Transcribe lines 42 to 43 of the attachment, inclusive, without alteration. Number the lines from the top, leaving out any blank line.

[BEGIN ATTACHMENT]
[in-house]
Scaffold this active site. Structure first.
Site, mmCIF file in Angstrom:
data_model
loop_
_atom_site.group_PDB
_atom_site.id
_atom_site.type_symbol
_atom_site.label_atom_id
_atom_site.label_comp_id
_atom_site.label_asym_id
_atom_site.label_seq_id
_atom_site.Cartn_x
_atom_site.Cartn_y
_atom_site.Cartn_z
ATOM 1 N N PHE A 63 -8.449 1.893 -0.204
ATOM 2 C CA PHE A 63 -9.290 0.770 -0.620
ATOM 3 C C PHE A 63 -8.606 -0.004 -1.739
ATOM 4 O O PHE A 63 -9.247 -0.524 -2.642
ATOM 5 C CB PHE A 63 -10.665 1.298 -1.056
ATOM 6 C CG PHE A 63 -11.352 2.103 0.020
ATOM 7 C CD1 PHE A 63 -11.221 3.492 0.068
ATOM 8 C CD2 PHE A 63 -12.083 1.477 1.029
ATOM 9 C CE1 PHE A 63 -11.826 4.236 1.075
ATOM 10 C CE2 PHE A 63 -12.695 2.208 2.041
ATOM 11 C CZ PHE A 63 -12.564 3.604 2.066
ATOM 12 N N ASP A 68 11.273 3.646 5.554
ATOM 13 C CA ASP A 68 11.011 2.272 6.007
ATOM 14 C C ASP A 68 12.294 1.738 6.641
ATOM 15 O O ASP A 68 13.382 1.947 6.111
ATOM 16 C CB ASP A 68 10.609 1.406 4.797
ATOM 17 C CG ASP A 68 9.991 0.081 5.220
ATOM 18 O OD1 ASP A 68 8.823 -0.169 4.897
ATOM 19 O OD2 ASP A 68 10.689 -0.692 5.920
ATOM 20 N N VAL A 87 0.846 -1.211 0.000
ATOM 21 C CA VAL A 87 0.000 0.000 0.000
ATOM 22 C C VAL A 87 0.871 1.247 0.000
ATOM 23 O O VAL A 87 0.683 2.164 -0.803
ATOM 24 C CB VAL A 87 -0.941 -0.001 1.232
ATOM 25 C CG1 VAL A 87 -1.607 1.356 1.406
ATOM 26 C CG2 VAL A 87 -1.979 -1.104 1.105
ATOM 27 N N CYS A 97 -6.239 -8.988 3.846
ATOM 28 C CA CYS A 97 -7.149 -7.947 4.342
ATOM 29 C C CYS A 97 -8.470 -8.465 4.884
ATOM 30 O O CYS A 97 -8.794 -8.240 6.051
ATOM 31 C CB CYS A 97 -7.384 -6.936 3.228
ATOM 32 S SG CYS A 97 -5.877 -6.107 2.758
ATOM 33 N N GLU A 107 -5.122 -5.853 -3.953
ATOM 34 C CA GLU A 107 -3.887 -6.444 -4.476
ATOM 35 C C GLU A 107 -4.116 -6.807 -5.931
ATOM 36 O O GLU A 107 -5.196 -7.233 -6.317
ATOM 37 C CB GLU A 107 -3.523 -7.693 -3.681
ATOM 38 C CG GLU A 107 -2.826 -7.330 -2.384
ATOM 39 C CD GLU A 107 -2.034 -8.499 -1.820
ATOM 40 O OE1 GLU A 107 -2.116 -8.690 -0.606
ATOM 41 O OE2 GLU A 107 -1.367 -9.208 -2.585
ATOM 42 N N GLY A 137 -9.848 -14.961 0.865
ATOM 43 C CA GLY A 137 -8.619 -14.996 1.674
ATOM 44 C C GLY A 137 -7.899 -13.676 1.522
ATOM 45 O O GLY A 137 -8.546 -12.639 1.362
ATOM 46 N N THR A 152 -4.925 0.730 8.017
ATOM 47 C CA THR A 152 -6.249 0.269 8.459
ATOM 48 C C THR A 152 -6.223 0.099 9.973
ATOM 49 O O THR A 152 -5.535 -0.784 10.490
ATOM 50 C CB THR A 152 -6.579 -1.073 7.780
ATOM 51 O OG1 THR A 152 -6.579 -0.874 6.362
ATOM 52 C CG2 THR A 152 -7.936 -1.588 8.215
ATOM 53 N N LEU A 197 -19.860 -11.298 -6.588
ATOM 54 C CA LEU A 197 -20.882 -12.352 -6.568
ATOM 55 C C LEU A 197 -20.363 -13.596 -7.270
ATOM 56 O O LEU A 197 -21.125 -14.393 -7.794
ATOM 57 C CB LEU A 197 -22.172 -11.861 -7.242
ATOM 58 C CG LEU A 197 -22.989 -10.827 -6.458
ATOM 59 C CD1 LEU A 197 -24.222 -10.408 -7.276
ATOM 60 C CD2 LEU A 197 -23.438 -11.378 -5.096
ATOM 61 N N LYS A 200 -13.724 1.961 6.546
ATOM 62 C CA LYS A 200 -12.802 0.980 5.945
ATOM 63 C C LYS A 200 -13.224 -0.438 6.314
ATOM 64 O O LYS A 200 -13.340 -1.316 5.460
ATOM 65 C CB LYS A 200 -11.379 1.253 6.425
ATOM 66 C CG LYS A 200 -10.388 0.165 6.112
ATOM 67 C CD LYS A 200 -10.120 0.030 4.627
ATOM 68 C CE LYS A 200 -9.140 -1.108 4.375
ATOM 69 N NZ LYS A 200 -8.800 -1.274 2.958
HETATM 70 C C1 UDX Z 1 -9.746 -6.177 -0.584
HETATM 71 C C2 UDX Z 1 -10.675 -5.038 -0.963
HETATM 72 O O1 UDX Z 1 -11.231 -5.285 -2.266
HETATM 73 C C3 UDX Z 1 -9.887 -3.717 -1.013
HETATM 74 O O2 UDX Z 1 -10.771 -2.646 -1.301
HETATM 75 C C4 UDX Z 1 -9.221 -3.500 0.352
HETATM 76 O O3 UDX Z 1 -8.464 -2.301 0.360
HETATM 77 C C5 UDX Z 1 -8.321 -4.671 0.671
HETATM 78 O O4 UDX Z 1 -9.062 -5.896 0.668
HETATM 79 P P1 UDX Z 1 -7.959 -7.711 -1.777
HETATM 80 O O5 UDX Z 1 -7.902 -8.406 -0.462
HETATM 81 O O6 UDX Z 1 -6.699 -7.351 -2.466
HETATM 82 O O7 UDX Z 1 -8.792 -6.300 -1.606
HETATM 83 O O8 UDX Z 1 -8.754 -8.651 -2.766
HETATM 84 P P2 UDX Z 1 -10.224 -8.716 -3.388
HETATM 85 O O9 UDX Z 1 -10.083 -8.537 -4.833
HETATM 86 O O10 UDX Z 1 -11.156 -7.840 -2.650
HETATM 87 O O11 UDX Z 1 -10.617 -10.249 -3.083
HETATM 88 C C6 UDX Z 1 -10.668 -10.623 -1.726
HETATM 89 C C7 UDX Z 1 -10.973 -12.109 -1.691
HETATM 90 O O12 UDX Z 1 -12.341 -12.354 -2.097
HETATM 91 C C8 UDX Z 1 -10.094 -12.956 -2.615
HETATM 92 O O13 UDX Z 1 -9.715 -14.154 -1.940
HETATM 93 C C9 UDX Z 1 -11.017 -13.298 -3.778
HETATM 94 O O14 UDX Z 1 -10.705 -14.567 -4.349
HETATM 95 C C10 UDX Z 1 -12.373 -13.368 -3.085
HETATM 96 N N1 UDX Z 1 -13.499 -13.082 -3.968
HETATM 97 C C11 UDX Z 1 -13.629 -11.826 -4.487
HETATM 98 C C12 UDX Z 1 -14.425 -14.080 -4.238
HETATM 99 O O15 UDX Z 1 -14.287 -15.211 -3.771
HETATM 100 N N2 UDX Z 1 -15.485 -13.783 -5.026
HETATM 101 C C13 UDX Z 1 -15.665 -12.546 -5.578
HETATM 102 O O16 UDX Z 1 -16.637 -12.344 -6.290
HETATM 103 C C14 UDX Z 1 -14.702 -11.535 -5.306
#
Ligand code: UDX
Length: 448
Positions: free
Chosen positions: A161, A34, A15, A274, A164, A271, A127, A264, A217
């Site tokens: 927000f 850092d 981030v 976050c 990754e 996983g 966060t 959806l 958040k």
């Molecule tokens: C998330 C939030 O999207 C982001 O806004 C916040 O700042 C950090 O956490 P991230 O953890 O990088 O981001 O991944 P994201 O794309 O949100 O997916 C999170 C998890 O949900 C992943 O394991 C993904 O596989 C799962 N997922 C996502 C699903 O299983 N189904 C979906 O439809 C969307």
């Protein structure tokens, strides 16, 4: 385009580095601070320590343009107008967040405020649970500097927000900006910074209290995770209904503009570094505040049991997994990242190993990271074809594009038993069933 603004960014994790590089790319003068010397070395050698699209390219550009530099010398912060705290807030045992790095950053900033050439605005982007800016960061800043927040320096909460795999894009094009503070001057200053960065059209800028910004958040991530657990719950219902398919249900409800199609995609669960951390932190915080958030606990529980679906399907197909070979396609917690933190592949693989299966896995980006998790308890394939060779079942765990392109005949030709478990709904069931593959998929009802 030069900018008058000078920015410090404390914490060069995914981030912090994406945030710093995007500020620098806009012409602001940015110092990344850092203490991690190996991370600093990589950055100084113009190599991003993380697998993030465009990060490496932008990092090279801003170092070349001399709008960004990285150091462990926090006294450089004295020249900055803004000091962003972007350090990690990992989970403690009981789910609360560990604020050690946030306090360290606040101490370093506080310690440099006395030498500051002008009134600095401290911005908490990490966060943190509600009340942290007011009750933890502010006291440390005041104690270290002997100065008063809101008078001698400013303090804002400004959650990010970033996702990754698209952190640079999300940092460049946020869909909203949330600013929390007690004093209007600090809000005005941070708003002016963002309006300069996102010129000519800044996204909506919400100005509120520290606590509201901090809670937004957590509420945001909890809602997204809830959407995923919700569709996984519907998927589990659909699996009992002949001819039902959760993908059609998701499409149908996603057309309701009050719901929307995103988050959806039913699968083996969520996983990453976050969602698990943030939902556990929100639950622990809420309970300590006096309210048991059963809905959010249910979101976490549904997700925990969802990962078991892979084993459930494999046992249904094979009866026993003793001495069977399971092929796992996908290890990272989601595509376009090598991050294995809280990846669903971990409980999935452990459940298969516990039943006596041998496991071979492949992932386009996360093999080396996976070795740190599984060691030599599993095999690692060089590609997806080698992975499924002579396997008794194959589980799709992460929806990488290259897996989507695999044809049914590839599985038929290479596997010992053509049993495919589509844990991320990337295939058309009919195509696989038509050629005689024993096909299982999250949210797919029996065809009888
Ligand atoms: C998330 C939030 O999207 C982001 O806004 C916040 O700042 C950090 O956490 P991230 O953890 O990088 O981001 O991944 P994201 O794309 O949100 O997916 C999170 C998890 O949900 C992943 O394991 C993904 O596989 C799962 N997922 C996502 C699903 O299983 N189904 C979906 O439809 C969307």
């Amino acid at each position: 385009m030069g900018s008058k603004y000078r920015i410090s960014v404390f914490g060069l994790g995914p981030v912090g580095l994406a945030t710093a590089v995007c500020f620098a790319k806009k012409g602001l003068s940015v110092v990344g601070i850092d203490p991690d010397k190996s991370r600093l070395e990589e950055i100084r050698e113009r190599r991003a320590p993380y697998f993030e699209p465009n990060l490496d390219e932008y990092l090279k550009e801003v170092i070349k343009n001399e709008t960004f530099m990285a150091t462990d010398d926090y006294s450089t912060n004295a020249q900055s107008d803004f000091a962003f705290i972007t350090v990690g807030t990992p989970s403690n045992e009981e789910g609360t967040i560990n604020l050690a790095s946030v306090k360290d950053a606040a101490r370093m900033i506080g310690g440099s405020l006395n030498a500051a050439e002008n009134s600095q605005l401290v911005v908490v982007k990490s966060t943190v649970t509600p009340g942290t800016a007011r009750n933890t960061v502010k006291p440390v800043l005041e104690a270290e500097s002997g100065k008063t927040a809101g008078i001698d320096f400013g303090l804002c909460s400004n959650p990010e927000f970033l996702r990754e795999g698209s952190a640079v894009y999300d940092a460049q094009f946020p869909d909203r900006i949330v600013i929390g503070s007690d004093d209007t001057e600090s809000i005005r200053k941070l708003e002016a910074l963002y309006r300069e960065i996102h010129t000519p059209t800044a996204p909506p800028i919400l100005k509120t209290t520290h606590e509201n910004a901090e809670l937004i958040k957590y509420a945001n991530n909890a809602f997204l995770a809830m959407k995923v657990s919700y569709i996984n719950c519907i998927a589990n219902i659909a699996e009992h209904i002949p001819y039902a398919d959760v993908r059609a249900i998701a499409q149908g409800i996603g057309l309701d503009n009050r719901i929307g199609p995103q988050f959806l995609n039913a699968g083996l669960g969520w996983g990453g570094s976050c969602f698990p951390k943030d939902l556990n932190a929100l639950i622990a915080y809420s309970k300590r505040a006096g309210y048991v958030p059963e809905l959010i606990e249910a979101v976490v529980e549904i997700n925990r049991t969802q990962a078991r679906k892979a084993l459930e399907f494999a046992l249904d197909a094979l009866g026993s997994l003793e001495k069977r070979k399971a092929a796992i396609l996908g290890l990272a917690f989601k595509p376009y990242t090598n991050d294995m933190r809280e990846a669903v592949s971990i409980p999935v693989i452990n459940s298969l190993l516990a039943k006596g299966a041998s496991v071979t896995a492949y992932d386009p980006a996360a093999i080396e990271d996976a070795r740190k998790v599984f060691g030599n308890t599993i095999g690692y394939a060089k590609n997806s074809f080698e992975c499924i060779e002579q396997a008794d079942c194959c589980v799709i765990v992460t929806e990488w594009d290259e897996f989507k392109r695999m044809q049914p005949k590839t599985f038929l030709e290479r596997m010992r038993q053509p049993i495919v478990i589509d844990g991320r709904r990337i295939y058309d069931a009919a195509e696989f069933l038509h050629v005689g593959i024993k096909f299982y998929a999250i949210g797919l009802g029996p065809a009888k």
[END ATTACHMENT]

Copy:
ATOM 27 N N CYS A 97 -6.239 -8.988 3.846
ATOM 28 C CA CYS A 97 -7.149 -7.947 4.342